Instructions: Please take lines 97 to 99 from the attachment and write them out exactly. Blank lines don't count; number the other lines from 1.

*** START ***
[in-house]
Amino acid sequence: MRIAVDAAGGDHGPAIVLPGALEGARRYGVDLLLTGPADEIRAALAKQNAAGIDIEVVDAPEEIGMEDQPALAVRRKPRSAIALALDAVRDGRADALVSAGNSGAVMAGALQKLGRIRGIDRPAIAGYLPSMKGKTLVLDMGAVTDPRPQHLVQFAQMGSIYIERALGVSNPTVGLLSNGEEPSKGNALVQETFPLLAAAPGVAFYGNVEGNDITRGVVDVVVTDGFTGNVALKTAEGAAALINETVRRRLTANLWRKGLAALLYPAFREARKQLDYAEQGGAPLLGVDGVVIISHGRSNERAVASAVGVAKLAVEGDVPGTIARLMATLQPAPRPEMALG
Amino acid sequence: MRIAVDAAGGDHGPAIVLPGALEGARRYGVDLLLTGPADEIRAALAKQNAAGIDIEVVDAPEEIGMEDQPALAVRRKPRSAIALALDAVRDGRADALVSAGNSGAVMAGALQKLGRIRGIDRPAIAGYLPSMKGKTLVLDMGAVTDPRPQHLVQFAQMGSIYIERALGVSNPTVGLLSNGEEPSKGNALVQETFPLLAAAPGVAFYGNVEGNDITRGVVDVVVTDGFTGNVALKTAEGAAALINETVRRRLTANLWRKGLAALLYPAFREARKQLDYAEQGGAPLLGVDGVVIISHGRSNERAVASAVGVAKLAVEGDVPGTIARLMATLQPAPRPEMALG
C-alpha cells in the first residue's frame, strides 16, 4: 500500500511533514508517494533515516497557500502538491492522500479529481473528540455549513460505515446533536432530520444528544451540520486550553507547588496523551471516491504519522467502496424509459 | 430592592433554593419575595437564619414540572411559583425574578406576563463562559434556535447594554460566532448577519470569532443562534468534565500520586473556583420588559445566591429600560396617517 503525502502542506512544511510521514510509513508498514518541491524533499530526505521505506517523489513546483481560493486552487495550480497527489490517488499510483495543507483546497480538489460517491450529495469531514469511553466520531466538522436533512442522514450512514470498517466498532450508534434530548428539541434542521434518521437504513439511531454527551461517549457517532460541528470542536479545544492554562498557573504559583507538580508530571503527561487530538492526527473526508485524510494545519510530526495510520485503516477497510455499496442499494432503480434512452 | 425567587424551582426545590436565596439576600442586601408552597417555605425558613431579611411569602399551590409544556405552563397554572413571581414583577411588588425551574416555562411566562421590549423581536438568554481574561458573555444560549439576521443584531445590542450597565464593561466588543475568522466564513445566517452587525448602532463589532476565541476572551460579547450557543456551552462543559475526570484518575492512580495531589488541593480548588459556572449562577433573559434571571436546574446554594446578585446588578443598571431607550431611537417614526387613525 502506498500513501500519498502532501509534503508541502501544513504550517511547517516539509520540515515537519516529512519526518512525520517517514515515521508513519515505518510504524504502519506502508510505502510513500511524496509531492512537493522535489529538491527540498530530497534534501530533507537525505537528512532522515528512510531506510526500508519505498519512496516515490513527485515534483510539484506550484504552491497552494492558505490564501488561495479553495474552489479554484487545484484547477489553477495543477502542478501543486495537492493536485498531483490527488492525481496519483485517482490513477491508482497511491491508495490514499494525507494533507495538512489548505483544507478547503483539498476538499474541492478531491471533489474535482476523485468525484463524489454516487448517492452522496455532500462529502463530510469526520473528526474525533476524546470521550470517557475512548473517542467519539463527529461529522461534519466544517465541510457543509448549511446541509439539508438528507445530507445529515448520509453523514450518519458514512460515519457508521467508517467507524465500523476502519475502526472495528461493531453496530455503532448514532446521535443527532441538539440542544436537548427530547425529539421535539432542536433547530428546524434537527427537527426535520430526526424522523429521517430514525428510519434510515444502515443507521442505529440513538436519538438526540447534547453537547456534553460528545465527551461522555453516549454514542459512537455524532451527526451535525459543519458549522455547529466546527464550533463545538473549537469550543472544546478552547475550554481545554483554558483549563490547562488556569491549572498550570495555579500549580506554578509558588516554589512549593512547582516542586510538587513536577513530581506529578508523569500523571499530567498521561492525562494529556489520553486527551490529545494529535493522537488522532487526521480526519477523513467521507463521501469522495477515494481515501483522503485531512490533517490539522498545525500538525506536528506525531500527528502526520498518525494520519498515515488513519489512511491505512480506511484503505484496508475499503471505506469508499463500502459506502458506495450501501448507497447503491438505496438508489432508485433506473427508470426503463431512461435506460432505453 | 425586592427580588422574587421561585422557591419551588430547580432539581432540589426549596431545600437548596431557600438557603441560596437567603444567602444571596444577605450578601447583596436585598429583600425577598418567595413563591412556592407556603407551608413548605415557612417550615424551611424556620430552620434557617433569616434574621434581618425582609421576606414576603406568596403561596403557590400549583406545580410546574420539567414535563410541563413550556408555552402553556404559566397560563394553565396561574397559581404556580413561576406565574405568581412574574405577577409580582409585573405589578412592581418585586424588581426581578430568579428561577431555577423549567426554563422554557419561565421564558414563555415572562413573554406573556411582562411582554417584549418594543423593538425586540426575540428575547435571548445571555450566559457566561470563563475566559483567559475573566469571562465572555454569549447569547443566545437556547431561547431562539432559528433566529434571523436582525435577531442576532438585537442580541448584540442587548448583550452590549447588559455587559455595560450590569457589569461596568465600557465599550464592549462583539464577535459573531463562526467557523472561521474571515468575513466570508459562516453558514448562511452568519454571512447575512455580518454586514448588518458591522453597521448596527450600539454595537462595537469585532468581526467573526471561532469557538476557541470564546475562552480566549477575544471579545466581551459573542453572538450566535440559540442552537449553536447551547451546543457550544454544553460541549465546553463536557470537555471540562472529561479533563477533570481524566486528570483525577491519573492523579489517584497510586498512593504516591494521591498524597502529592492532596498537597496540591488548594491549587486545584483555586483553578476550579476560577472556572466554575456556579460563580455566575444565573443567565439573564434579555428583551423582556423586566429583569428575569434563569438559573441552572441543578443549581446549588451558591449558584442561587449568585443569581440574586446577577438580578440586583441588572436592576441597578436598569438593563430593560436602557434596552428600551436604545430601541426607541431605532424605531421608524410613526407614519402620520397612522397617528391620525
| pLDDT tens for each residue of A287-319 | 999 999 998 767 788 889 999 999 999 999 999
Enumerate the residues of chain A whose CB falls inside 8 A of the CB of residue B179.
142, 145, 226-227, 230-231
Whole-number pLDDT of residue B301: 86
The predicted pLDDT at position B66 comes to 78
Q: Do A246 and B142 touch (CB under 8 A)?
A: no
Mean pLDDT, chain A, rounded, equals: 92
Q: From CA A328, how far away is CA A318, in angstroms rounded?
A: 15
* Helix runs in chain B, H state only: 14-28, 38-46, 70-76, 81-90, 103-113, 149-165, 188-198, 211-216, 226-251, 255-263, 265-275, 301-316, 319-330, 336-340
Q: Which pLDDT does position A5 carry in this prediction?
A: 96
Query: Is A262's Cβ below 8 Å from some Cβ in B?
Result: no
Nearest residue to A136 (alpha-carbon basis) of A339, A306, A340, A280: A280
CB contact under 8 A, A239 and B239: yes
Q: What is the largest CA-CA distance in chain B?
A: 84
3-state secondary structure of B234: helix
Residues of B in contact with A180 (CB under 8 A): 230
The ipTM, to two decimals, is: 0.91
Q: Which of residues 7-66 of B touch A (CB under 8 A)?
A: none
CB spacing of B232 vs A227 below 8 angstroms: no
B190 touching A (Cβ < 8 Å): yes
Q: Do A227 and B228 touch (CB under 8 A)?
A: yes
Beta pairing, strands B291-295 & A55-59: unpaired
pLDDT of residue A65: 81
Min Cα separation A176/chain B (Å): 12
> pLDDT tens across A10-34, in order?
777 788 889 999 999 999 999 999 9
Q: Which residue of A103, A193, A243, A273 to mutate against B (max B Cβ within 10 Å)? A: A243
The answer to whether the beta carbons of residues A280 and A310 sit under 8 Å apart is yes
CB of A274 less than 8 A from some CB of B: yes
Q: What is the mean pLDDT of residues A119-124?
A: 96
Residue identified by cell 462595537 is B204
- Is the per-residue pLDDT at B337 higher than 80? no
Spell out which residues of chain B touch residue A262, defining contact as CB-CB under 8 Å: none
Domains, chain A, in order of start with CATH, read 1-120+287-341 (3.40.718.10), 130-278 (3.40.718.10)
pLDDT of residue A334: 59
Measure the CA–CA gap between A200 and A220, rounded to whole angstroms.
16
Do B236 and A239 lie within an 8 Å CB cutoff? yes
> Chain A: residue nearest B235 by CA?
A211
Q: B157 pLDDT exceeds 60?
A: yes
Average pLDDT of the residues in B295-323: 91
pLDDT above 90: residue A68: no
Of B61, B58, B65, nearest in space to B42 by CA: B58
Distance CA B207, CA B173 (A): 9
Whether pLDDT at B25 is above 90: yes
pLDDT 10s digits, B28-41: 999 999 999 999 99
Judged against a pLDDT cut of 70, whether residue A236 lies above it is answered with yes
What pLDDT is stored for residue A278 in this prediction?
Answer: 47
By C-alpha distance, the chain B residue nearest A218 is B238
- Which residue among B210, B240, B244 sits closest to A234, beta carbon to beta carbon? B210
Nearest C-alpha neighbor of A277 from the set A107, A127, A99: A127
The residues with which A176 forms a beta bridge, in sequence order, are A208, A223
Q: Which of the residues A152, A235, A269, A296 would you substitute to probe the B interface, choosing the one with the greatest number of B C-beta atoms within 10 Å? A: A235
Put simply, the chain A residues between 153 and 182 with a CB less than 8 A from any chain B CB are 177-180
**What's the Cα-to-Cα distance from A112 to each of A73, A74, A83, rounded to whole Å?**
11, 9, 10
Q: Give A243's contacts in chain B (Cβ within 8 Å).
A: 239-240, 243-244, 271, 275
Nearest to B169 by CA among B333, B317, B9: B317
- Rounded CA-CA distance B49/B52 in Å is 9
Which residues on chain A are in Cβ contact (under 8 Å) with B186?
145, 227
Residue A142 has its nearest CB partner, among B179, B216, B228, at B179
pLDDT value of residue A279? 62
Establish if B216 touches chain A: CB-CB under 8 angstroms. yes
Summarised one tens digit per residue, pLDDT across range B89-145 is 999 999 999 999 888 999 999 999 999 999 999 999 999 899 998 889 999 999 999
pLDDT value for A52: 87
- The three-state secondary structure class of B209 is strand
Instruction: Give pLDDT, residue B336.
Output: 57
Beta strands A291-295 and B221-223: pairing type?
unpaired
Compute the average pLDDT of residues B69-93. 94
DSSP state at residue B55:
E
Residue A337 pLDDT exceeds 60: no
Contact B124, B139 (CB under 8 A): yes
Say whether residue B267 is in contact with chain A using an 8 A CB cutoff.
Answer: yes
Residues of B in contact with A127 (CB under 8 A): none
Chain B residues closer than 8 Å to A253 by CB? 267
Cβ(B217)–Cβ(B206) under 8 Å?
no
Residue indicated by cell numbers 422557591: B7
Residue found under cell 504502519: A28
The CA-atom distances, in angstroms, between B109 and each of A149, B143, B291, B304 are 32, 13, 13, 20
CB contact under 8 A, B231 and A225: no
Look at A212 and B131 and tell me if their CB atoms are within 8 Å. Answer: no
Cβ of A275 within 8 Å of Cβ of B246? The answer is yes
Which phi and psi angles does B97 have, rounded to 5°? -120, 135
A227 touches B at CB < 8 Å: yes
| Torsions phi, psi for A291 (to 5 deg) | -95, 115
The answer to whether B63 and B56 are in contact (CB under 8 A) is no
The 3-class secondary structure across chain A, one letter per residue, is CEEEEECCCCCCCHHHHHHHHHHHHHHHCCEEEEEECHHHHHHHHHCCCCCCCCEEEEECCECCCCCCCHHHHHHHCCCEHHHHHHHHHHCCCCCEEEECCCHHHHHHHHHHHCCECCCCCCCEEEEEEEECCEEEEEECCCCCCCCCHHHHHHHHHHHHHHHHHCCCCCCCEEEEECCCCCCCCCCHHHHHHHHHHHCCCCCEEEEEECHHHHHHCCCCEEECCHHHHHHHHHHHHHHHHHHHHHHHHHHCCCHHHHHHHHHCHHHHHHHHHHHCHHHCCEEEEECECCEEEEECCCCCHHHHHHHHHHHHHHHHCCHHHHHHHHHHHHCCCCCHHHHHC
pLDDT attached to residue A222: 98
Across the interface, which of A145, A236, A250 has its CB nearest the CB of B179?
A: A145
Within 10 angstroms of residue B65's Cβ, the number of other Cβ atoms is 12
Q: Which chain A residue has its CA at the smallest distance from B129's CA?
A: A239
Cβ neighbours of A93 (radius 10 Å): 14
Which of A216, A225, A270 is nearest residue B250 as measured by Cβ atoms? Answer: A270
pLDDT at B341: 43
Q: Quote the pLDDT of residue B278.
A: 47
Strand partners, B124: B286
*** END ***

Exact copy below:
Cβ(B217)–Cβ(B206) under 8 Å?
no
Residue indicated by cell numbers 422557591: B7